Mary’s House in Greensboro expanding housing for homeless women.
By Chris Gigley
GREENSBORO, N.C. — Thanks to a recent grant from the U.S. Dept. of Housing and Human Services, Mary’s House in Greensboro will more than double the transitional housing it provides for homeless women and their children.
Mary’s House, which now can serve eight families at once, in January received a $754,860 Shelter Plus Care grant that it will use to acquire 16 units of permanent housing, letting it assist 60 more women and children.
One reason Mary’s House got the grant was its mix of services and its need for more space, says Craig Thomas, executive director.
Mary’s House, which is staffed 24 hours a day, provides transitional housing, life-skills training and a supportive environment for homeless women recovering from drug addition.
But while other rehabilitation services may require children to be kept with relatives or foster families during treatment, Mary’s House lets clients live in its housing with their children.
The agency’s expansion will let it serve more people and larger families, Thomas says.
The agency now has 24 applications for each of the eight bedrooms in the agency’s current six-bathroom facility, he says.
And while bedrooms in Mary’s House fit only three people, the grant will let Mary’s House buy houses, to be dubbed Mary’s Homes, that will have two, three and four bedrooms.
Along with more room, Mary’s Homes clients will have more time to recover, Thomas says.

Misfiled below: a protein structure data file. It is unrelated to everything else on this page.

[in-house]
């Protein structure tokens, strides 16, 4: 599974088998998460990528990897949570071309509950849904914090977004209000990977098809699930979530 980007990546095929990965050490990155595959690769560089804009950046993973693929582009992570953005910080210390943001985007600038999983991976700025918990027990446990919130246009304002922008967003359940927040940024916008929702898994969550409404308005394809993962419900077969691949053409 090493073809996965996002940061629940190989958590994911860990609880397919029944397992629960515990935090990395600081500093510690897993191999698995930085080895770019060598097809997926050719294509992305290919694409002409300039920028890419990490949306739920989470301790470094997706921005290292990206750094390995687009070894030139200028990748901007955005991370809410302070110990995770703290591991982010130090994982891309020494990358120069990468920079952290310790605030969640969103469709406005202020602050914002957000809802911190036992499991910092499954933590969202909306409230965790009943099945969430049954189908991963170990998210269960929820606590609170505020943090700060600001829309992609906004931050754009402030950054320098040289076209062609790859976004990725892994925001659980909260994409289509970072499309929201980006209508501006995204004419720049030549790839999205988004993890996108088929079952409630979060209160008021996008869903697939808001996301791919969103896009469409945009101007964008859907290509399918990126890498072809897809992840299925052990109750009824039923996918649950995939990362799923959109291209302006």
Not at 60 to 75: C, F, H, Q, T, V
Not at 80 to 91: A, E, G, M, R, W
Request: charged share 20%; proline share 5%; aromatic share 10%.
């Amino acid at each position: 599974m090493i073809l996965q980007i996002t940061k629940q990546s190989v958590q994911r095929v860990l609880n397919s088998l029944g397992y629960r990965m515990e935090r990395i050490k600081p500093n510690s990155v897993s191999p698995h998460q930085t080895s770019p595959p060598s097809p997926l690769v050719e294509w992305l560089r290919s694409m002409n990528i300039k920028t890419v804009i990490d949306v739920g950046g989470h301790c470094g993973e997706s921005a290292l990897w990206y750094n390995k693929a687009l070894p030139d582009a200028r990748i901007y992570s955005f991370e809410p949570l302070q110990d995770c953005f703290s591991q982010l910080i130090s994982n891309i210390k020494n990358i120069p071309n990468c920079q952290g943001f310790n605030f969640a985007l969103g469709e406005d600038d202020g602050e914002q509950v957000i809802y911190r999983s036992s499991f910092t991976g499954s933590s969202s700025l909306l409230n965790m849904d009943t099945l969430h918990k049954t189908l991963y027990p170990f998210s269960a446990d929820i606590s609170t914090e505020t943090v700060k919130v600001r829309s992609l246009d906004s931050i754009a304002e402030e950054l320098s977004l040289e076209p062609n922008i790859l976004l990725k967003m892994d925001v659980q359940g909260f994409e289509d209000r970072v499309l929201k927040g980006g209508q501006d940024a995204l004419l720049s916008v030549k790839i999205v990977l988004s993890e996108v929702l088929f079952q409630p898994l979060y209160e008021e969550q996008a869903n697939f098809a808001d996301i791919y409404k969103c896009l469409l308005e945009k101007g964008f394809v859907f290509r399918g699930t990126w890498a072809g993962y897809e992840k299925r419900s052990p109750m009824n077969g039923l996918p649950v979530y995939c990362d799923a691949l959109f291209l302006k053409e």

Based on national standards for transitional homes, patients in Mary’s House may stay for up to two years.
But because Mary’s Homes will be considered permanent housing for people with disabilities, residents can stay indefinitely.
Still, Thomas says, the agency will work to motivate clients to move into their own homes.
“We give clients a life-action plan covering all areas of life, the goals they’ve set and timelines for accomplishing those goals,” she says. “Our hope is that they get marketable job skills and move into subsidized housing so we have turnover.”
Mary’s Homes is a substantial undertaking and major leap forward for Mary’s House, Thomas says.
To handle that growth, she says, the agency will work with the Greensboro Housing Authority and Family Service of the Piedmont.
The Housing Authority will receive housing vouchers and pay rent on the units, while Family Service will provide therapy, she says.
Mary’s Homes, which will cover all other costs, has applied to the Moses Cone-Wesley Long Community Health Foundation for a grant to cover the costs of hiring a case manager and setting up an office to manage Mary’s Homes.
Finding properties to buy will not be a problem, Thomas says.
“The minute the grant was announced, a number of developers called us up to let us know what was available and ask if we wanted to look at their homes,” she says.
The agency will begin looking at properties in mid-March, she says, and families will begin moving into units in early April.
Based on availability, the units will likely be spread throughout Greensboro, although Thomas says the agency will try to buy two or three homes together to make it easier for case workers to schedule visits.